There are legitimate concerns about marijuana on the development of adolescent brains. For that reason, we advocate the prohibition of sales to people under 21.
Creating systems for regulating manufacture, sale and marketing will be complex. But those problems are solvable, and would have long been dealt with had we as a nation not clung to the decision to make marijuana production and use a federal crime.
In coming days, we will publish articles by members of the Editorial Board and supplementary material that will examine these questions. We invite readers to offer their ideas, and we will report back on their responses, pro and con.
We recognize that this Congress is as unlikely to take action on marijuana as it has been on other big issues. But it is long past time to repeal this version of Prohibition.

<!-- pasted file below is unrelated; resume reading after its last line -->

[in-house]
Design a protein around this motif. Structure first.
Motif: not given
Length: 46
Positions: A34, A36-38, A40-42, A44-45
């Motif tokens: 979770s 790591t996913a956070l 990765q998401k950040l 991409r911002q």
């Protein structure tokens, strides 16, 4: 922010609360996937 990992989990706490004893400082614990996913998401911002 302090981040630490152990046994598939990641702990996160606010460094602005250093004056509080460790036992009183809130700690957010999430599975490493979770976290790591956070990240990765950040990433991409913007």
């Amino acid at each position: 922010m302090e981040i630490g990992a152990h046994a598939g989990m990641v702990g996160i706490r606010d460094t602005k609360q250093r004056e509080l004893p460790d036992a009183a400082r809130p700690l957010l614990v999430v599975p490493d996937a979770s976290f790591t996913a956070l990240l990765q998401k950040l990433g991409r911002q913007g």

It is definitely interesting to see a physician’s perspective on this topic, and I can definitely agree with your concerns that the medical concerns associated with marijuana may have been understated in the article. However, I disagree with you on one important point–restrictions and marijuana, and the laws associated with marijuana, have caused huge harm to society. This is further outlined in the explanation the Times issued and in the further pieces in the series, such as the following: http://www.nytimes.com/2014/07/29/opinion/high-time-the-injustice-of-marijuana-arrests.html. The criminalization of marijuana has contributed hugely to America having the largest prison population in the world and the highest imprisonment rate of the developed world, largely for non-violent offenses. This is a serious problem, one that requires extreme reform.